Botanical Name: Cedrela spp. ; Cedro
Other Common Names: Cedro (Central and South America), Acajou rouge (French West Indies), Cedro rouge (French Guiana), Cedar (Surinam)
Uses: Cigar boxes, wood pencils, wood doors, decorative veneer for wood paneling and plywood.
Distribution: Spanish Cedar occurs from Mexico to Argentina and is found in all countries except Chile. Trees make their best growth on rich, well-drained humid sites but may also compete favorably on drier hillsides; intolerant of water-logged locations.
General Characteristics: Under favorable conditions will reach heights over 100 ft and diameters 3 to 6 ft above the substantial buttresses. Straight cylindrical boles clear for 40 to 60 ft. Heartwood pinkish to reddish brown when freshly cut, becoming red to dark brown, sometimes with a purplish tinge, after exposure; sharply to rather poorly demarcated from the pinkish to white sapwood. Texture is rather fine and uniform to coarse and uneven; grain is usually straight, sometimes interlocked; luster is medium to high and golden; a distinctive cedar odor is usually well pronounced, some specimens with bitter taste.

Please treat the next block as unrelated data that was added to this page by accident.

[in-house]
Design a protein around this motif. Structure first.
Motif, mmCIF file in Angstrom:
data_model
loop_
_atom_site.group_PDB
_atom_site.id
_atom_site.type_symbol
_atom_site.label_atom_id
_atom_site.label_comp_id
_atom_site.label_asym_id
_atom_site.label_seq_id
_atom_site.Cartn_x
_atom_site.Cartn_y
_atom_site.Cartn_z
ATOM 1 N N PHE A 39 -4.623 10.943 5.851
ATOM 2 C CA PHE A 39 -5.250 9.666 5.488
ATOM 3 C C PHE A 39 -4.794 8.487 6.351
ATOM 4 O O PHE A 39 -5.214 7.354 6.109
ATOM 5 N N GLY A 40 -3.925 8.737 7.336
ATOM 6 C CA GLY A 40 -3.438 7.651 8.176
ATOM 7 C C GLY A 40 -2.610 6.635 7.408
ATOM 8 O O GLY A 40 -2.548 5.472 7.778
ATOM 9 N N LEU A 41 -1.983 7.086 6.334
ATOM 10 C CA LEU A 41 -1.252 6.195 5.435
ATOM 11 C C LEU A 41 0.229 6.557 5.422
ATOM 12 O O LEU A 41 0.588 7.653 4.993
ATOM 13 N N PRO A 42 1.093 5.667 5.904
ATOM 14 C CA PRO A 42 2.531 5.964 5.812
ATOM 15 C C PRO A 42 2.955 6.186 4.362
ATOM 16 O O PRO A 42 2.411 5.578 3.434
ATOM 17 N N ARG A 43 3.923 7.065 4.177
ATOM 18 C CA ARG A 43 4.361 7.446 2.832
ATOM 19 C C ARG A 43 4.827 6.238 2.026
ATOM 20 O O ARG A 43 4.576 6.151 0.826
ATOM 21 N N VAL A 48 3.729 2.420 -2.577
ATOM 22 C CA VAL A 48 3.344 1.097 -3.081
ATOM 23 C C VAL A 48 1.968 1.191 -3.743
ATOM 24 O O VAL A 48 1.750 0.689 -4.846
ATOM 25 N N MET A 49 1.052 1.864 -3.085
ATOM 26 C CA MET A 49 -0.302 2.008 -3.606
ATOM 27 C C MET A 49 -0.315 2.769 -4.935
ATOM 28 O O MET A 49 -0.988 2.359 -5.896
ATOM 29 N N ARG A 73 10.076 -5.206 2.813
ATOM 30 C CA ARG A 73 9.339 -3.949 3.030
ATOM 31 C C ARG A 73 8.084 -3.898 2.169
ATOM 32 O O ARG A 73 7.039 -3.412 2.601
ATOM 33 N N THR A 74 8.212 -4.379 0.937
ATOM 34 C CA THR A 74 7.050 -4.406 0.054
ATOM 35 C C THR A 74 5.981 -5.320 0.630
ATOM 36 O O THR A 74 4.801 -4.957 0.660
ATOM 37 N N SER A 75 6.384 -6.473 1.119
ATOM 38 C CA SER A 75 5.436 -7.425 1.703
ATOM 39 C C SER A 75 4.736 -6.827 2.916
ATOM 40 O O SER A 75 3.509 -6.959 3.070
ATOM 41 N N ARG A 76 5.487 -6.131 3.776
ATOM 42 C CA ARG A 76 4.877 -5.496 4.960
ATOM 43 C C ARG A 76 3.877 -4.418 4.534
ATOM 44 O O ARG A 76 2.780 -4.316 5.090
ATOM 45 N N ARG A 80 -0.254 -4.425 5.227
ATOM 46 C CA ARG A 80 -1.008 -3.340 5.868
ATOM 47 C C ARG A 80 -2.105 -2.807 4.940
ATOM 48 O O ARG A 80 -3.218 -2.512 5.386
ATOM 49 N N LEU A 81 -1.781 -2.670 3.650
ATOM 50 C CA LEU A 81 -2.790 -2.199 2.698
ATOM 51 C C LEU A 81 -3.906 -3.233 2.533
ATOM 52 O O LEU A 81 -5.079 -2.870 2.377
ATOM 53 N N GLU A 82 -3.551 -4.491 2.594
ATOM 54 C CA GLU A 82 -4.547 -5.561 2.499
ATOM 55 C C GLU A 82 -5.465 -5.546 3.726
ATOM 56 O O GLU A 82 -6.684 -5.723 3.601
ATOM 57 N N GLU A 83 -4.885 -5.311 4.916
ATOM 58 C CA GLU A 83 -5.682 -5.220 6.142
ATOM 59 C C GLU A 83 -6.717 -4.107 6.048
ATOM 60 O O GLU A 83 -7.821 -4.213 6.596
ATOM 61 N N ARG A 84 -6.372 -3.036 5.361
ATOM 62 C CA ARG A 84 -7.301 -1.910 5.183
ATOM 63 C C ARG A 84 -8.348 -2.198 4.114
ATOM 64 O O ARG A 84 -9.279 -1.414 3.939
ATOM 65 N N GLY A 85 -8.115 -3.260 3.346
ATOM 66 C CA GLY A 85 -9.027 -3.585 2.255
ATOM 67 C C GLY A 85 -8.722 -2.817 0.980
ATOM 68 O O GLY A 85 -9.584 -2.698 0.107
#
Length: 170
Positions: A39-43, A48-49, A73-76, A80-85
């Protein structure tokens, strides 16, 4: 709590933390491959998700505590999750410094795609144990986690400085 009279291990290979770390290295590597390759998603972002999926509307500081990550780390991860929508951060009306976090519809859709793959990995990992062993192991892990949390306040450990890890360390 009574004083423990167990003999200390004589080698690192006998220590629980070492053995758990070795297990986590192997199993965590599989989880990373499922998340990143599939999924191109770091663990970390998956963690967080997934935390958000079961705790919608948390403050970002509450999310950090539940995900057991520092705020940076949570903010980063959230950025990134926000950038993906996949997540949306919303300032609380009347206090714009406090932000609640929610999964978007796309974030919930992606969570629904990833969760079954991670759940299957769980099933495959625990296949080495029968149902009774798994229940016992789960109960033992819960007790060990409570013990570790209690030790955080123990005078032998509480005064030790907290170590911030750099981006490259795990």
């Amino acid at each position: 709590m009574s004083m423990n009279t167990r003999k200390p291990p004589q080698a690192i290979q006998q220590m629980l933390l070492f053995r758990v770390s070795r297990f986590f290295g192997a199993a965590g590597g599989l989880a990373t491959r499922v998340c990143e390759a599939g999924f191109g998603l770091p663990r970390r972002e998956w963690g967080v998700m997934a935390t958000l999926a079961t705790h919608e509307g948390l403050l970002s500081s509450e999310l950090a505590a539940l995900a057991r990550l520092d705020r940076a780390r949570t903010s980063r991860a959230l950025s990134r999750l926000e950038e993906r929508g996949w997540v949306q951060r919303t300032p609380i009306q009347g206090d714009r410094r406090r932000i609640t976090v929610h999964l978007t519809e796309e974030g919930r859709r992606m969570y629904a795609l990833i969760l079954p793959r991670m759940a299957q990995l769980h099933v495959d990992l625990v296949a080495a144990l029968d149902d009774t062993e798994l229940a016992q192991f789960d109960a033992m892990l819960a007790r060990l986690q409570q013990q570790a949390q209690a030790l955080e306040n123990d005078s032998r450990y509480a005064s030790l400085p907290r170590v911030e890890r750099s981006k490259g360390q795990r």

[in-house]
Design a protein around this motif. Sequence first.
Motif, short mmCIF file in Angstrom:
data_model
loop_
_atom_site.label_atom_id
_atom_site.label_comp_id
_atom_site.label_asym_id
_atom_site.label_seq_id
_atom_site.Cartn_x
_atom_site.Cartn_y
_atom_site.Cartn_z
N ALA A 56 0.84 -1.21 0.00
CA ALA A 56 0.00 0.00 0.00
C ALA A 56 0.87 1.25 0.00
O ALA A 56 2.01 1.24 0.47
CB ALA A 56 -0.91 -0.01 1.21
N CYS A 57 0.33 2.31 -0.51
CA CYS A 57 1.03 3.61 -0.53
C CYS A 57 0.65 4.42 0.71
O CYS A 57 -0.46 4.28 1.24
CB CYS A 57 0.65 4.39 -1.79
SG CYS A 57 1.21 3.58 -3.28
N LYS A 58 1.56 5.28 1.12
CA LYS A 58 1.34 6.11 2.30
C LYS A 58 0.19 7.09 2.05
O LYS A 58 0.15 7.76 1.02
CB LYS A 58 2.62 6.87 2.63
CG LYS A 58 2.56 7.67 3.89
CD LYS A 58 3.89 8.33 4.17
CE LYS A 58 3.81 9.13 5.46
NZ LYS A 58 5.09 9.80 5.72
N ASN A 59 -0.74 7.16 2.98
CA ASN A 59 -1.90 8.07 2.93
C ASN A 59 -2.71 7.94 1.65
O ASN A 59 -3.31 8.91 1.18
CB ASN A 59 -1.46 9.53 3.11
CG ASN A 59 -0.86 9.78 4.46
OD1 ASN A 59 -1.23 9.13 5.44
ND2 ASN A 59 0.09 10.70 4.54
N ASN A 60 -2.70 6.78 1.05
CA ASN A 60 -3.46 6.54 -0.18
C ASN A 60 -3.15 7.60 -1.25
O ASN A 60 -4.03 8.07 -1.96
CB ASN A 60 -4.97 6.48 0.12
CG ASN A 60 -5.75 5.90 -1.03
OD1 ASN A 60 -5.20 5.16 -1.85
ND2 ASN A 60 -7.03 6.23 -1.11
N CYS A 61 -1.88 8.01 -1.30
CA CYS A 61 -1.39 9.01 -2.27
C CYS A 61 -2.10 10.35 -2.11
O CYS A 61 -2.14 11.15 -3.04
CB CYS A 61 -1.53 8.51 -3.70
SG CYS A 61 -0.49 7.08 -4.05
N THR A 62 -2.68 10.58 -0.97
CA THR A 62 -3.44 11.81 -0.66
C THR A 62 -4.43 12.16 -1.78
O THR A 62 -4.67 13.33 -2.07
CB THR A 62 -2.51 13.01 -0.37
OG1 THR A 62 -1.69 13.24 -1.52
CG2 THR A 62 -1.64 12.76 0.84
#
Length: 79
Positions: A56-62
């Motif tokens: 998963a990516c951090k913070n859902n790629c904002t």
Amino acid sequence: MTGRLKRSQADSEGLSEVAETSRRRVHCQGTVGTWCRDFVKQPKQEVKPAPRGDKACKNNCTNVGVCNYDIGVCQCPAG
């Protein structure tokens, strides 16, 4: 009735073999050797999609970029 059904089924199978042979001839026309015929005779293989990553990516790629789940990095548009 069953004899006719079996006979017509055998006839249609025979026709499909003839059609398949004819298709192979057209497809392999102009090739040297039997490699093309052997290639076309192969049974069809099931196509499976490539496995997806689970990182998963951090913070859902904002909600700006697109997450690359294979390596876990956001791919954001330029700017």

Weight: Basic specific gravity (ovendry weight/green volume) very variable ranging from 0.30 to 0.60, averaging about 0.40; air-dry density ranges from 23 to 47, averaging about 30 pcf.
Working Properties: Spanish Cedar is easy to work with hand and machine tools but somewhat difficult to bore cleanly. Easy to cut into veneer but with some tendency for wooly surfaces to occur; good nailing and gluing properties; stains and finishes well but gums and oils sometimes are a problem in polishing.
Durability: Heartwood is rated as durable but there is some variability with the species; resistant to subterranean and dry-wood termites. Low resistance to attack by marine borers. Wood has excellent weathering characteristics.